Walking around in Addis I found that they people were very beautiful. While there are many ethnicities in the country, a lot of them have a distinct look. Their hair and their features are quite attractive and unique in my opinion. There were the usual beggars who upon seeing us white westerners (the Germans and I) immediately came up to us with their hands out. We stopped by an Ethiopian Orthodox church but for some reason we weren’t allowed to go in. I guess it was the middle of a ceremony or something. We saw people dressed in white robes like this:

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I bought a little wooden Ethiopian cross on the street nearby. I did all of this while I was still sick amazingly enough. I could’ve slept in my hotel but I would’ve missed seeing Addis.

While the roads seemed a bit rough and the sidewalks non-existent, the city was relatively modern. They had shopping malls. When we went inside we participated in a traditional Ethiopian coffee ceremony which was pretty cool. I don’t remember how good the coffee was but I think it had a lot of caffeine in it.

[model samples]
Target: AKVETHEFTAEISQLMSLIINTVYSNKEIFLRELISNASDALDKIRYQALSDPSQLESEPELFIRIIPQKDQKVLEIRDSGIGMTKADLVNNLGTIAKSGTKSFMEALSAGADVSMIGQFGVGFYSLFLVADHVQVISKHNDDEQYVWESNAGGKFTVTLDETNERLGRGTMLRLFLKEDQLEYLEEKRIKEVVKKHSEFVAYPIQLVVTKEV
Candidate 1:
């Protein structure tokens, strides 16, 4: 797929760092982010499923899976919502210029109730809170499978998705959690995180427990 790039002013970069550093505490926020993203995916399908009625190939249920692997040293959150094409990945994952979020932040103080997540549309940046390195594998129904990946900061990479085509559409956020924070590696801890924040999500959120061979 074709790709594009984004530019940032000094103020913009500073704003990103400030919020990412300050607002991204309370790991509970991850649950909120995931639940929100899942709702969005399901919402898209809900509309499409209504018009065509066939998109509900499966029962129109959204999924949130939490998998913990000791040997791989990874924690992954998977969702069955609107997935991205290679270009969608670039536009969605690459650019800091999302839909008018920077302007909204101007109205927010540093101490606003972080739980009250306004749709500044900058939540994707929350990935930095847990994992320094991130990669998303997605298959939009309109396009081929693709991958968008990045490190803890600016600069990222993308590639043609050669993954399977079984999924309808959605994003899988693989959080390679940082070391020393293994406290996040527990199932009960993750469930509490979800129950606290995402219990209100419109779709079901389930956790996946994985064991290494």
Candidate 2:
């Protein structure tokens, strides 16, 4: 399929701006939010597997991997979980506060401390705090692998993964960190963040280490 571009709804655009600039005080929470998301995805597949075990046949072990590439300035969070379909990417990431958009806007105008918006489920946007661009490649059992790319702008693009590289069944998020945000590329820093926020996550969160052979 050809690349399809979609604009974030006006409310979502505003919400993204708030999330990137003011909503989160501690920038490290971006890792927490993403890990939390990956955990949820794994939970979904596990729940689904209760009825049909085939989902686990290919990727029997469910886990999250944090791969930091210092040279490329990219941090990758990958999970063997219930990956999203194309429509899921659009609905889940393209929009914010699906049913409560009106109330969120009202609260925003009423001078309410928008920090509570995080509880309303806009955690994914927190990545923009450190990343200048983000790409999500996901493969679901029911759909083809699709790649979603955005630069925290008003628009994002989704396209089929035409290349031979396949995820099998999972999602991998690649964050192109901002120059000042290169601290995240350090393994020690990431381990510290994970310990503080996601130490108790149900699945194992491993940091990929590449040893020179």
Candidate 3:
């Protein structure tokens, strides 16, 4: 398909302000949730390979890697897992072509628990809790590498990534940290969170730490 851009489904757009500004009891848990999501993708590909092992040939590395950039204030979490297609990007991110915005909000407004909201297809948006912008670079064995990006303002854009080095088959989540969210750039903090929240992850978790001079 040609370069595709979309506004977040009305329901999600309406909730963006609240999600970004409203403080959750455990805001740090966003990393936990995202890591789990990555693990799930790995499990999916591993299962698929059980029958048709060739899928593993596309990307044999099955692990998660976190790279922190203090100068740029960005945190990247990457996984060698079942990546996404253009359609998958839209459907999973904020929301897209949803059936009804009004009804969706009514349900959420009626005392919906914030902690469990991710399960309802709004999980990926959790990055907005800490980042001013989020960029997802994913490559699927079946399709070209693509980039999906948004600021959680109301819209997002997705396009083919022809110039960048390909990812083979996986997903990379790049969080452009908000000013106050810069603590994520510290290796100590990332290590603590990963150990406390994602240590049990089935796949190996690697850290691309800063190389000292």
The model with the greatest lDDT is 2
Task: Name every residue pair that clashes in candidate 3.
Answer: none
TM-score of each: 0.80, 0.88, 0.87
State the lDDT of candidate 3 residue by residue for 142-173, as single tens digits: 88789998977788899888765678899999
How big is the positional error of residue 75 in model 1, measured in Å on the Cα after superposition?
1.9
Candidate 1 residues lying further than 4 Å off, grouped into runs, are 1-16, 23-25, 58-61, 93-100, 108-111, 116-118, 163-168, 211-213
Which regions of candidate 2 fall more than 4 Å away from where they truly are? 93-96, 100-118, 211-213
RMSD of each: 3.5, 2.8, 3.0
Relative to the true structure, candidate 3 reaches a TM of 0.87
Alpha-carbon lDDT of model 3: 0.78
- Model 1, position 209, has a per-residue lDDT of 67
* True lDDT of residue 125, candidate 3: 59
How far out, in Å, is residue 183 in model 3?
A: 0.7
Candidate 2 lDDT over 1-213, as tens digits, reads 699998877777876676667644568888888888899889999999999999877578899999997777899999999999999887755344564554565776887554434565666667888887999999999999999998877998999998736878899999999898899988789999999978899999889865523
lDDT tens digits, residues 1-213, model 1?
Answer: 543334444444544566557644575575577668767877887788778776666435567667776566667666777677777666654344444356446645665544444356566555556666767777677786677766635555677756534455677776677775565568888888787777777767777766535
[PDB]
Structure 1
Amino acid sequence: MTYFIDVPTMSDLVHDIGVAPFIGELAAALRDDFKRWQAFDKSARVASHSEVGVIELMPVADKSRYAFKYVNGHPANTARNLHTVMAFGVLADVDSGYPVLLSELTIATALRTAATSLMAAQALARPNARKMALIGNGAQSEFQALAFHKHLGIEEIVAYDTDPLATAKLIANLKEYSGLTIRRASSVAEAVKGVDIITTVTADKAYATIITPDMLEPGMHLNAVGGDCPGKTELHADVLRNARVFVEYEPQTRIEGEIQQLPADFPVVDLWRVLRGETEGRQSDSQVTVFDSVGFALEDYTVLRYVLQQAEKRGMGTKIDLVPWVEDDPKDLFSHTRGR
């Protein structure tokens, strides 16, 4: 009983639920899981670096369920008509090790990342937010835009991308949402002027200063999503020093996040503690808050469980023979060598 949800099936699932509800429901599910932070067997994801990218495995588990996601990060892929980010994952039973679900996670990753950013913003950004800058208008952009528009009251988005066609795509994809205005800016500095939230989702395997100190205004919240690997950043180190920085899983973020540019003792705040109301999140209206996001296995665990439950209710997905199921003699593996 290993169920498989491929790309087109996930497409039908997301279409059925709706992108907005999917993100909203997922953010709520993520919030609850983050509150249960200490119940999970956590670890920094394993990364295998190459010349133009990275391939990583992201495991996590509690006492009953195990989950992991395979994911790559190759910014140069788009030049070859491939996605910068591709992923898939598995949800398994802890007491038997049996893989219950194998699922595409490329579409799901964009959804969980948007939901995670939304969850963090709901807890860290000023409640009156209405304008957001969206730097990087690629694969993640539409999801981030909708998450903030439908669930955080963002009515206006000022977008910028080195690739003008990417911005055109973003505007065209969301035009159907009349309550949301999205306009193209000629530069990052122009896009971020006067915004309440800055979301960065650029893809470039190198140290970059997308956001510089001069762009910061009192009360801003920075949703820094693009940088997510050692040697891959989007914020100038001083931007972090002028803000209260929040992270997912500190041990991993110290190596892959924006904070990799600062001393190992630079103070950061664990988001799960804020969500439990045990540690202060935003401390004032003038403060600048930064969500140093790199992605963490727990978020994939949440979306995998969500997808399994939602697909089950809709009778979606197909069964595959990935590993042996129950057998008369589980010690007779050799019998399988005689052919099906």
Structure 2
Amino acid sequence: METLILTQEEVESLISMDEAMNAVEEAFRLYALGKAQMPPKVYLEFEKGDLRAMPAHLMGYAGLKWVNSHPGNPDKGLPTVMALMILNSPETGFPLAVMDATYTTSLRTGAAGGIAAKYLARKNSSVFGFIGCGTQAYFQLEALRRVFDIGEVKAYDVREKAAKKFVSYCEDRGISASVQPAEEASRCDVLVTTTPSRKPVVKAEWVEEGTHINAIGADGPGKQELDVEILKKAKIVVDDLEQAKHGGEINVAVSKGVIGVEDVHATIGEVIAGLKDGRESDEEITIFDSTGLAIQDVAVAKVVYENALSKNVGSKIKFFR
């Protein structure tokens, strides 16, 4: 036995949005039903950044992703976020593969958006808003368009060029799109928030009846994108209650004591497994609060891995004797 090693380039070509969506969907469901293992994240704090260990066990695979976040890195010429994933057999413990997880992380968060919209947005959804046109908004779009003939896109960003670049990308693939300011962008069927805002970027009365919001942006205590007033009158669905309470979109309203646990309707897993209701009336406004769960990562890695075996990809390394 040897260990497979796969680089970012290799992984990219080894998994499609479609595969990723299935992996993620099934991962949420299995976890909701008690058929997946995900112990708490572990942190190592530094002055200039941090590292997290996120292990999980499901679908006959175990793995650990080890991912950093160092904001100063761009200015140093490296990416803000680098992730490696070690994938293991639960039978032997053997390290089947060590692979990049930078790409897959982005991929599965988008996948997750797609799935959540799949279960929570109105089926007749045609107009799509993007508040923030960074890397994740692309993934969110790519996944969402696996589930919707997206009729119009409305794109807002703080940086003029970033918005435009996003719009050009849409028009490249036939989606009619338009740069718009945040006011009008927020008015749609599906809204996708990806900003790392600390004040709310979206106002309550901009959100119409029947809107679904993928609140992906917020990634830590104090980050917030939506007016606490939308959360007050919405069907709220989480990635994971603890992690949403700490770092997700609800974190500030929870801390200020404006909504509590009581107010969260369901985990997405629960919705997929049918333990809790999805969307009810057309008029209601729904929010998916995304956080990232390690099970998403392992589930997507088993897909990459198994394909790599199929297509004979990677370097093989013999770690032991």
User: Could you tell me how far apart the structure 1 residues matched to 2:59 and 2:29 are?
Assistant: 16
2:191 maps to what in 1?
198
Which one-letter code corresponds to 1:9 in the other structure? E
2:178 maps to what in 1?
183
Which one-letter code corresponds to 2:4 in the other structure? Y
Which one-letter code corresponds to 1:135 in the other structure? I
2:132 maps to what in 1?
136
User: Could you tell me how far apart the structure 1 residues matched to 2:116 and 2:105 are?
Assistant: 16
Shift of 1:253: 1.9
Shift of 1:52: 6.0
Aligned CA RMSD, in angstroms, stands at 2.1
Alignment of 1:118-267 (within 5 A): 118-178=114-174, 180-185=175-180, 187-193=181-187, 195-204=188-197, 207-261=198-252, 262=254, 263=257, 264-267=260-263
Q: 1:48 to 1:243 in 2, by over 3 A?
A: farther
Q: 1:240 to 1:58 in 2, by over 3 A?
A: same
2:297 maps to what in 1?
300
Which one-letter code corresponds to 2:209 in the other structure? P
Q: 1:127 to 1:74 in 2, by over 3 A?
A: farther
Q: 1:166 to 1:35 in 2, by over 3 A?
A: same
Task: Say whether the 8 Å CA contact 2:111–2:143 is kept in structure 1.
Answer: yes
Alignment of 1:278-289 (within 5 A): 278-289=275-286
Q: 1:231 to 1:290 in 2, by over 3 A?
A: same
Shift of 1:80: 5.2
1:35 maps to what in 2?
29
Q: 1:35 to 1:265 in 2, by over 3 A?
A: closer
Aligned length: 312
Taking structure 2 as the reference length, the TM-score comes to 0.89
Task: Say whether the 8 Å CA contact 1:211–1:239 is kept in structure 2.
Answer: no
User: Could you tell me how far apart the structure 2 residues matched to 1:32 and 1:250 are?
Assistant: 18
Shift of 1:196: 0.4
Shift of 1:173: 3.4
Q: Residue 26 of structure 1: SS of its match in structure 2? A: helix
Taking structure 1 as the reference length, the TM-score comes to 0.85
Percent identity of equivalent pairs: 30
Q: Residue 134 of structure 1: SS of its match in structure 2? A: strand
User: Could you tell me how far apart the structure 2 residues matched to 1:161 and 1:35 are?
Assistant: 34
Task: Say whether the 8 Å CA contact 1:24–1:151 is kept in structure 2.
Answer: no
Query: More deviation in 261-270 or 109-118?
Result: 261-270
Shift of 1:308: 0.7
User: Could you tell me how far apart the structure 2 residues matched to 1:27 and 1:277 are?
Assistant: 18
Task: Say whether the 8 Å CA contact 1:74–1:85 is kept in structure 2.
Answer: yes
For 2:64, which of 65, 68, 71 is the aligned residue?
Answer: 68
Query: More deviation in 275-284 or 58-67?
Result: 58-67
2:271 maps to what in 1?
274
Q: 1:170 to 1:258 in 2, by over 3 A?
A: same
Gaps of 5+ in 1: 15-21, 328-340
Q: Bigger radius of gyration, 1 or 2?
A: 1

After the museum we went to a traditional restaurant. The Sudanese suggested ordering a fish dish, which I hadn’t tried before, and I have eaten a lot of Ethiopian food. In fact, I didn’t even know there was an Ethiopian fish dish. Maybe it is something they only serve in the country? It was served with the traditional spongy bread which I have nicknamed “toilet paper bread”,(yes, it’s somewhat crude but the bread rolls up like toilet paper). We all shared it and I was able to get a little bit of it down. I wanted to eat more but it was rather spicy and I was worried it would make me even more sick. I’m not 100% sure how I made it through that day but being the stubborn traveler that I am I wanted to see all I could.

After dinner I headed back to the hotel to gather my stuff and catch the flight to India. The Sudanese guy (the one in the lower right corner) kept saying “we will miss you”. It was very sweet but I kind of wondered if he meant it in a flirtatious way. I have his contact info somewhere. The German tourists (a guy and his mother- the first time I met this kind of traveling duo) were going to be spending a month or more in Ethiopia. I’m sure they had an amazing time.

My only complaints about Ethiopia were getting ripped off by the cab driver and not being able to see more of the country and all the different tribes and landscapes that the museum had pictures of.

The more and more I travel the more I realize I need to sloooooo dooooown. But taking advantage of layovers is a good thing. I also had a similarly long layover in Tokyo which you can read about here.